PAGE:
Investigating the Bible: Love of money: ‘don’t pay too much for the whistle’


Joe Louis is one of the greatest boxers ever, the world heavyweight champion from 1937 to 1949. When he was asked in retirement who hit him the hardest in his career, he replied, “Uncle Sam.” As we prepare to pay income tax, we may agree with Joe. Does the Bible consider income and money evil?

The belief that the scripture says money is the root of all evil is a misquoted verse. The advice that the apostle Paul gave young Timothy was significantly different: “For the love of money (bold type added) is a root of all kinds of evils.” (I Timothy 6:10; English Standard Version used throughout). Here’s some of the Bible’s guidance on money and wealth.

Wealth is temporary. A closer look at New Testament Greek in that scripture helps clarify the meaning. The phrase, “love of money”, is a Greek compound word, “money-love”. Ancient Greek had three words for love. The one used here is phī-lā-ō, which is friendship love, like for a sibling or friend. An expanded translation of the verse: “Making money your trusted friend is a dead end.” In a parable of Jesus, the rich man said to himself, “…’Soul, you have ample goods laid up for many years; relax, eat, drink, be merry.’ But God said to him, ‘Fool! This night your soul is required of you, and the things you have prepared, whose will they be?’ So is the one who lays up treasure for himself and is not rich toward God.” (Luke 12:19-21).

The love of money can cause harm. Paul explained that, “…those who desire to be rich fall into temptation, into ruin and destruction…It is through this craving that some have wandered away from the faith and pierced themselves with many pangs.” (I Timothy 6:9-10). Bible scholar William Barclay quoted an old Roman proverb: “Wealth is like sea-water; … far from quenching a man’s thirst, it intensifies it. The more he gets, the more he wants.”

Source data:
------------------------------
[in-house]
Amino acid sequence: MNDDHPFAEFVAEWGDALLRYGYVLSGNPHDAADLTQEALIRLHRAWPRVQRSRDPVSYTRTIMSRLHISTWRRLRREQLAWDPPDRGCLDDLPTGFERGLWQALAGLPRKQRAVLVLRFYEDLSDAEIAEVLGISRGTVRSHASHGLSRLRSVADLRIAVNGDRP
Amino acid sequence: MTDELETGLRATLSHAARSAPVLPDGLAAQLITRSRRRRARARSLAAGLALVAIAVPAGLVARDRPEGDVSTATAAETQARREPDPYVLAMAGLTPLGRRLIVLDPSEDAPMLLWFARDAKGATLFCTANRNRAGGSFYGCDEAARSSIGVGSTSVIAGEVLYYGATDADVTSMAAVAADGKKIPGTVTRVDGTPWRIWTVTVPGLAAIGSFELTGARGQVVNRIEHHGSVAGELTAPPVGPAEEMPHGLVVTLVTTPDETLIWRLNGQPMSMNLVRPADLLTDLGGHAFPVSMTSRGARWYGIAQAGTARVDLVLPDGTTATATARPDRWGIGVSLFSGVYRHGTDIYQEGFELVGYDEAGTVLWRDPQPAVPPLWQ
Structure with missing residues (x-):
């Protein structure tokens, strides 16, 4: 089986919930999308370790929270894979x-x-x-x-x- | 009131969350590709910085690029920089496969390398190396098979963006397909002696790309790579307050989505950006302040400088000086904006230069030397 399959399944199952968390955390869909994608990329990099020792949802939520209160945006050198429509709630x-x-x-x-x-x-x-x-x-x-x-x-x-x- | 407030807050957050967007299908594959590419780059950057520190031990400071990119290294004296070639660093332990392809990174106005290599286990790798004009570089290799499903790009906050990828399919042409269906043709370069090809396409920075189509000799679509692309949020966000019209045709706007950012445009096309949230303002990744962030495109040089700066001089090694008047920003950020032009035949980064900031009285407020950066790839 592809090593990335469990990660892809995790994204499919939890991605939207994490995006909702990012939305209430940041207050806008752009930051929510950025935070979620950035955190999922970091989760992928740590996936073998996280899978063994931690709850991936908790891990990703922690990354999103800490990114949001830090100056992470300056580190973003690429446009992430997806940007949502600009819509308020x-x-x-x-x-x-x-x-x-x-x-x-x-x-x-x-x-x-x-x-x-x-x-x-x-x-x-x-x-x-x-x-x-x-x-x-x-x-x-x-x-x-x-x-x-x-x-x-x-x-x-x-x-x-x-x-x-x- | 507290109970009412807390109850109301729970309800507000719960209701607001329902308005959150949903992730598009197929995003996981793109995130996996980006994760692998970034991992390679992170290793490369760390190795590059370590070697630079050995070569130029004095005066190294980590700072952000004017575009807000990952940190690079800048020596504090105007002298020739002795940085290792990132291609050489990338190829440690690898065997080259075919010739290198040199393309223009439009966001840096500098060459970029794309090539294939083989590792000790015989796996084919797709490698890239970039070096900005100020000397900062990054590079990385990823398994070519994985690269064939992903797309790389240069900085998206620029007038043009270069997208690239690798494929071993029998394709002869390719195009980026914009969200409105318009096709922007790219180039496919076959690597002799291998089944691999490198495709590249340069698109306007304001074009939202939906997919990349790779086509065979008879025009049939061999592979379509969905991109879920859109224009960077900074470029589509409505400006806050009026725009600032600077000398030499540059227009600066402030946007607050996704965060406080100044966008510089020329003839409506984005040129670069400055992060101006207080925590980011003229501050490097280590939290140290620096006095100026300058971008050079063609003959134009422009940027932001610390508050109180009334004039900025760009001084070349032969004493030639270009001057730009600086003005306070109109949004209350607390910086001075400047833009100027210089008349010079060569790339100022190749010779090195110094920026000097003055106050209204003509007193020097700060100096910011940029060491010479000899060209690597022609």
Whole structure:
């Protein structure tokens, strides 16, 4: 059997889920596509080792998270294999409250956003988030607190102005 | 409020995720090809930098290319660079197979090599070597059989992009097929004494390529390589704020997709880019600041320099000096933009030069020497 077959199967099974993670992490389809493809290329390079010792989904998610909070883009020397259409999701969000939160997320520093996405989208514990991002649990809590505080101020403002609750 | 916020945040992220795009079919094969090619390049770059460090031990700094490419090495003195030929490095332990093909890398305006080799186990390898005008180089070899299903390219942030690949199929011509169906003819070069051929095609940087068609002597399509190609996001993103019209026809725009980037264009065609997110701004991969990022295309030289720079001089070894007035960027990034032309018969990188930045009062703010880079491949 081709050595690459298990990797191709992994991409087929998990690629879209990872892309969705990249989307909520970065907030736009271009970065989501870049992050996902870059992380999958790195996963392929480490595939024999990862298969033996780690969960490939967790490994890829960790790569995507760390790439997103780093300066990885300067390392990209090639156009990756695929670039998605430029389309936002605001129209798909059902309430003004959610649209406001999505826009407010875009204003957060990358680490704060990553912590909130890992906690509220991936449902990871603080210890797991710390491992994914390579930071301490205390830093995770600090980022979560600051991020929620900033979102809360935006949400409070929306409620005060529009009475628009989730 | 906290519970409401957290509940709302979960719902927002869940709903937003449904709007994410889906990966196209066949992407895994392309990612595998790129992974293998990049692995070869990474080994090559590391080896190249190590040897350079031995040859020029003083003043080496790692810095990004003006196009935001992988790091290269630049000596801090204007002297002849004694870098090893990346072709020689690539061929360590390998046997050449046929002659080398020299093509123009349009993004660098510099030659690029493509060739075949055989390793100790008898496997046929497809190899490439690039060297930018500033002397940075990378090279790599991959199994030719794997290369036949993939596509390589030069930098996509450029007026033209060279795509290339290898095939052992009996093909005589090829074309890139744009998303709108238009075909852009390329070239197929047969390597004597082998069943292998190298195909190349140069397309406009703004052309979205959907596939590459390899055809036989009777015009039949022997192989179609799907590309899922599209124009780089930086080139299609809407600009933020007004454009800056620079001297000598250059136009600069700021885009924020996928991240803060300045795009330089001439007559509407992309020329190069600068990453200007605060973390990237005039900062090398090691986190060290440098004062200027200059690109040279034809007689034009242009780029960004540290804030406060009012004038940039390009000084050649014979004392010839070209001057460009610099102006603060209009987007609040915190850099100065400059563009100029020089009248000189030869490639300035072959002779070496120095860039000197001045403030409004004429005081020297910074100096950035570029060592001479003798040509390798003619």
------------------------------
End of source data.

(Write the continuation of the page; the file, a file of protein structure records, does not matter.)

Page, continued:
The love of money is a sign of the times. Paul wrote that “… in the last days there will come times of difficulty. For people will be lovers of self, lovers of money, proud, arrogant, abusive, disobedient to their parents, … treacherous, reckless, swollen with conceit, lovers of pleasure rather than lovers of God, ... Avoid such people.” (II Timothy 3:1-5). “Money-lovers” here is the same compound Greek word mentioned above.

Money is a litmus test. Its use reveals true character. Jesus said, “For where your treasure is, there will be your heart also.” (Luke 12:34); and …”No servant can serve two masters, for either he will hate the one and love the other, or he will be devoted to the one and despise the other. You cannot serve God and money.” (Luke 16:13).

Money can be used for good. It meets our needs; “…for we brought nothing into the world, and we cannot take anything out of the world. But if we have food and clothing, with these we will be content.” (I Timothy 6:6-8). The good Samaritan in Jesus’ parable, unlike a priest and a Levite, used his wealth to rescue a crime victim. After treating the man’s wounds and carrying him to an inn, he gave the innkeeper money and said, “…Take care of him, and whatever more you spend, I will repay you when I come back.” (Luke 10:35).

Benjamin Franklin wrote that at age seven he saw a friend with a whistle which he coveted. He gave his friend all his money and bought it. When he got home, he cried when learned that he had paid four times its worth. He carried this lesson with him throughout his life: “Do not give too much for the Whistle.” He said he met many who, whether for power, prestige, pleasure or possessions, bought themselves misery because they paid too much for the Whistle.

David Carlson Pastor (yes, that is his last name but not his profession) is a Polk County, Oregon resident and graduate of Bethel Theological Seminary in Minnesota (M.Div., M.Th.)



Christianity is a Roman invention. After Constantine ratified it around 323 CE as the state religion, the Bible was finalized in approx. 500 CE. The saying, “Give unto Caesar what is Caesar’s” suddenly makes sense, does it not? The Papacy has taken and taken and taken while putting people to death if they did not give (money, labor, faithfulness).
The passages quoted above are so convenient! It’s the earliest form of spyops… massaging peoples minds to do what the Roman church wants (money).
This column is not food for the intellect, it’s food for anyone who doesn’t want to use his or her brain. Good luck.

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